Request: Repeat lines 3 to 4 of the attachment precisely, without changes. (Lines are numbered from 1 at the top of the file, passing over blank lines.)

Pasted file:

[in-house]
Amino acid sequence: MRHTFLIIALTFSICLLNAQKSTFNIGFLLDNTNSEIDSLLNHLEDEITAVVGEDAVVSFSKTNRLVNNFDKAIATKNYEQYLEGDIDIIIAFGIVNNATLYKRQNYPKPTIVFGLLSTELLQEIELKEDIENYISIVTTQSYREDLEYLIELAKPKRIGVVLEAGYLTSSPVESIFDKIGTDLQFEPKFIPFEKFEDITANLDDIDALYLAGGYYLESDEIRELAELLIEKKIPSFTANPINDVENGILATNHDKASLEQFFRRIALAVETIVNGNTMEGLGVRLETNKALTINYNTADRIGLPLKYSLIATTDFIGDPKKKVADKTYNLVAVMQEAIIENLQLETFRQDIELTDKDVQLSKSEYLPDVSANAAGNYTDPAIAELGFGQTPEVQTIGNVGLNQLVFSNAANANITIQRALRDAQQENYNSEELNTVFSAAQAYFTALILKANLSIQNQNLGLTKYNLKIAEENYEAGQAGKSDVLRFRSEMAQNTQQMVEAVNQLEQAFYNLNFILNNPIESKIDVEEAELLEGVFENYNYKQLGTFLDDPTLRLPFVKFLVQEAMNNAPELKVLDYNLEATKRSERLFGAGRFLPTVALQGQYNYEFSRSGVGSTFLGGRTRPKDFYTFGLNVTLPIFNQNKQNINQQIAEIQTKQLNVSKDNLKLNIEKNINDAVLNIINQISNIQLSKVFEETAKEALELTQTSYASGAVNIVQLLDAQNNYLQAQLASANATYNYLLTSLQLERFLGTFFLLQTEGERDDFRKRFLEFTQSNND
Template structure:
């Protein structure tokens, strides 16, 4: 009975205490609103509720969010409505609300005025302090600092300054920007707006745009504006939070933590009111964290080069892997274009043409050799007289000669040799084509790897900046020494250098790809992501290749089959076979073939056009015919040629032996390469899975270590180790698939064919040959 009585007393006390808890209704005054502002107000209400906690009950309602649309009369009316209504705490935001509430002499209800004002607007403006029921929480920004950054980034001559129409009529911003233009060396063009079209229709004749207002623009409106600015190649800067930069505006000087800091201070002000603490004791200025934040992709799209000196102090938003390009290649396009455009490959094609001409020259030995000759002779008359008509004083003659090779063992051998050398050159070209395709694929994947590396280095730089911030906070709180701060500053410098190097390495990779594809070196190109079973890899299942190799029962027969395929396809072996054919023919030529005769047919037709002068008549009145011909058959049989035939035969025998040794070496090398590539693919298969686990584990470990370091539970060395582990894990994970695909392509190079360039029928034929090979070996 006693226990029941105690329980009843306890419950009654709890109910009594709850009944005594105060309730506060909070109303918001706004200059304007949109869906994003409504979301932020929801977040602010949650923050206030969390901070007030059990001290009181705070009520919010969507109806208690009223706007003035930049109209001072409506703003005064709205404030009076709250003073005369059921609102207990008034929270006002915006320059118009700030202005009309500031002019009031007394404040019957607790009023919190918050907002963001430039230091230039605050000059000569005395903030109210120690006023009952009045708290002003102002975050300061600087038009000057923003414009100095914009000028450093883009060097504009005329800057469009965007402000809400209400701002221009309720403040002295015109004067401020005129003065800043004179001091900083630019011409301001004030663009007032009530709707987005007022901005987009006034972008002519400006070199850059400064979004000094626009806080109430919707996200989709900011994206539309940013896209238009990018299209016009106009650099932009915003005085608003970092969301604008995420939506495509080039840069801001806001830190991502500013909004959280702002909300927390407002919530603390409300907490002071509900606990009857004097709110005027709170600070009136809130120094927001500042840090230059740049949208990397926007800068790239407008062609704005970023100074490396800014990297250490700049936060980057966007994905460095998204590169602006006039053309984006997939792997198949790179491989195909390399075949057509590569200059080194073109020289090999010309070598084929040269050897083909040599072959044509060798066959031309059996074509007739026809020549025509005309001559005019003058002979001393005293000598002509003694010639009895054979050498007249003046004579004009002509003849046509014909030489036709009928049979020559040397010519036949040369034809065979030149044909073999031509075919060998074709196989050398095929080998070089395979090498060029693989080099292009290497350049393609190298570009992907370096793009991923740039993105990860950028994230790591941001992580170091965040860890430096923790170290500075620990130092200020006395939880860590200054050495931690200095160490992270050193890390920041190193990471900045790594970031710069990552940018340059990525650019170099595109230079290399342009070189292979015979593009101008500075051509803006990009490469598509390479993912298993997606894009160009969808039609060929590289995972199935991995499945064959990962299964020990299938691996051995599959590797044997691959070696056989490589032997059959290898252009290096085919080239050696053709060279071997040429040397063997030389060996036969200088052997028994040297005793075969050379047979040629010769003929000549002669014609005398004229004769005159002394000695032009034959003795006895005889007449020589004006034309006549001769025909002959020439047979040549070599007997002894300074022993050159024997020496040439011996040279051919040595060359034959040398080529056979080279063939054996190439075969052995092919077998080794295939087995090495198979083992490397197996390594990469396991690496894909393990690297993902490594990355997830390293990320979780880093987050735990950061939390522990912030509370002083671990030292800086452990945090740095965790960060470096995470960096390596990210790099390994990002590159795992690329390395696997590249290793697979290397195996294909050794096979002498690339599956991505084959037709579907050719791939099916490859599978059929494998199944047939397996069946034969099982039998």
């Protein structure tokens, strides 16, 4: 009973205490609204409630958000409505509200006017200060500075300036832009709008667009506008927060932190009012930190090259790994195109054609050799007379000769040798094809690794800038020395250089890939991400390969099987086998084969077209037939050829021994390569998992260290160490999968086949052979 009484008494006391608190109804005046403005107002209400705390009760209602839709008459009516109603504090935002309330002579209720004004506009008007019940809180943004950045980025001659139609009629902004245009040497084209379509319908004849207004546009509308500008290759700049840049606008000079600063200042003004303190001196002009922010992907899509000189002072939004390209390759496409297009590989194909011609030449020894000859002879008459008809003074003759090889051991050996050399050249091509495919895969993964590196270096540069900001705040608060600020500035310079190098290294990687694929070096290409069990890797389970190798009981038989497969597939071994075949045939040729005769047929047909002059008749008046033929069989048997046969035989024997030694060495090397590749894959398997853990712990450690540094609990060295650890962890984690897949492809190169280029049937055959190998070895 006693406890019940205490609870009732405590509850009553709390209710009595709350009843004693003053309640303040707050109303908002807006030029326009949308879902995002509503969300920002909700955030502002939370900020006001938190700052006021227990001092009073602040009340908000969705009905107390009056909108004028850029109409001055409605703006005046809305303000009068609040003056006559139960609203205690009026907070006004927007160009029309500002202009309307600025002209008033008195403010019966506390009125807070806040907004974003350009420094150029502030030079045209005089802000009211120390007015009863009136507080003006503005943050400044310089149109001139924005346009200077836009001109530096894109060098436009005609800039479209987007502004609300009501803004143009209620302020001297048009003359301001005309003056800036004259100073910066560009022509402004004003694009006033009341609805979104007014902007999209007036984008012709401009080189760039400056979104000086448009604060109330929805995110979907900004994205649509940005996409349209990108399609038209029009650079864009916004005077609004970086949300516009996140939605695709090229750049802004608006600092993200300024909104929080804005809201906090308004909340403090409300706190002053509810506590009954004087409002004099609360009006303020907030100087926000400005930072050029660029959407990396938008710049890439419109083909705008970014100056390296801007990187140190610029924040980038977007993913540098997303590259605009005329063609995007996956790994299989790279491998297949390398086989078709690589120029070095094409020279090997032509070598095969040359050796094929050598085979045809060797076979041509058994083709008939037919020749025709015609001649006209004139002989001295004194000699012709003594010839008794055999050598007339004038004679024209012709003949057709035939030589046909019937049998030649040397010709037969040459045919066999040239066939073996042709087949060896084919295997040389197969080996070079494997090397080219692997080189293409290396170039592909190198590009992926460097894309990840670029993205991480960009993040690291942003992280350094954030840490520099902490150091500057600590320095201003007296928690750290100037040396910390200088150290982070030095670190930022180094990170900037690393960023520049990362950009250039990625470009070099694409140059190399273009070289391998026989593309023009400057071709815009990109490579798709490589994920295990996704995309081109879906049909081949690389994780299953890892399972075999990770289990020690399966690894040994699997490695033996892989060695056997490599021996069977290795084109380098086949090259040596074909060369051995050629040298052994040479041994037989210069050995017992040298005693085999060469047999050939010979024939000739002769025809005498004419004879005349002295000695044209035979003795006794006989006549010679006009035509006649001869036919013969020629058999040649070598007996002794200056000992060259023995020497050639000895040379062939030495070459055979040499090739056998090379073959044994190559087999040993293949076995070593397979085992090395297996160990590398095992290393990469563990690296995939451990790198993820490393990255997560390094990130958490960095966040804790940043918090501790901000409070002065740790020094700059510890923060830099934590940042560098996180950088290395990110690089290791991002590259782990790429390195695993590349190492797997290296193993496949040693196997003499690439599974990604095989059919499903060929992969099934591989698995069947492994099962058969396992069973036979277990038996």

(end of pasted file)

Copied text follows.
Template structure:
């Protein structure tokens, strides 16, 4: 009975205490609103509720969010409505609300005025302090600092300054920007707006745009504006939070933590009111964290080069892997274009043409050799007289000669040799084509790897900046020494250098790809992501290749089959076979073939056009015919040629032996390469899975270590180790698939064919040959 009585007393006390808890209704005054502002107000209400906690009950309602649309009369009316209504705490935001509430002499209800004002607007403006029921929480920004950054980034001559129409009529911003233009060396063009079209229709004749207002623009409106600015190649800067930069505006000087800091201070002000603490004791200025934040992709799209000196102090938003390009290649396009455009490959094609001409020259030995000759002779008359008509004083003659090779063992051998050398050159070209395709694929994947590396280095730089911030906070709180701060500053410098190097390495990779594809070196190109079973890899299942190799029962027969395929396809072996054919023919030529005769047919037709002068008549009145011909058959049989035939035969025998040794070496090398590539693919298969686990584990470990370091539970060395582990894990994970695909392509190079360039029928034929090979070996 006693226990029941105690329980009843306890419950009654709890109910009594709850009944005594105060309730506060909070109303918001706004200059304007949109869906994003409504979301932020929801977040602010949650923050206030969390901070007030059990001290009181705070009520919010969507109806208690009223706007003035930049109209001072409506703003005064709205404030009076709250003073005369059921609102207990008034929270006002915006320059118009700030202005009309500031002019009031007394404040019957607790009023919190918050907002963001430039230091230039605050000059000569005395903030109210120690006023009952009045708290002003102002975050300061600087038009000057923003414009100095914009000028450093883009060097504009005329800057469009965007402000809400209400701002221009309720403040002295015109004067401020005129003065800043004179001091900083630019011409301001004030663009007032009530709707987005007022901005987009006034972008002519400006070199850059400064979004000094626009806080109430919707996200989709900011994206539309940013896209238009990018299209016009106009650099932009915003005085608003970092969301604008995420939506495509080039840069801001806001830190991502500013909004959280702002909300927390407002919530603390409300907490002071509900606990009857004097709110005027709170600070009136809130120094927001500042840090230059740049949208990397926007800068790239407008062609704005970023100074490396800014990297250490700049936060980057966007994905460095998204590169602006006039053309984006997939792997198949790179491989195909390399075949057509590569200059080194073109020289090999010309070598084929040269050897083909040599072959044509060798066959031309059996074509007739026809020549025509005309001559005019003058002979001393005293000598002509003694010639009895054979050498007249003046004579004009002509003849046509014909030489036709009928049979020559040397010519036949040369034809065979030149044909073999031509075919060998074709196989050398095929080998070089395979090498060029693989080099292009290497350049393609190298570009992907370096793009991923740039993105990860950028994230790591941001992580170091965040860890430096923790170290500075620990130092200020006395939880860590200054050495931690200095160490992270050193890390920041190193990471900045790594970031710069990552940018340059990525650019170099595109230079290399342009070189292979015979593009101008500075051509803006990009490469598509390479993912298993997606894009160009969808039609060929590289995972199935991995499945064959990962299964020990299938691996051995599959590797044997691959070696056989490589032997059959290898252009290096085919080239050696053709060279071997040429040397063997030389060996036969200088052997028994040297005793075969050379047979040629010769003929000549002669014609005398004229004769005159002394000695032009034959003795006895005889007449020589004006034309006549001769025909002959020439047979040549070599007997002894300074022993050159024997020496040439011996040279051919040595060359034959040398080529056979080279063939054996190439075969052995092919077998080794295939087995090495198979083992490397197996390594990469396991690496894909393990690297993902490594990355997830390293990320979780880093987050735990950061939390522990912030509370002083671990030292800086452990945090740095965790960060470096995470960096390596990210790099390994990002590159795992690329390395696997590249290793697979290397195996294909050794096979002498690339599956991505084959037709579907050719791939099916490859599978059929494998199944047939397996069946034969099982039998």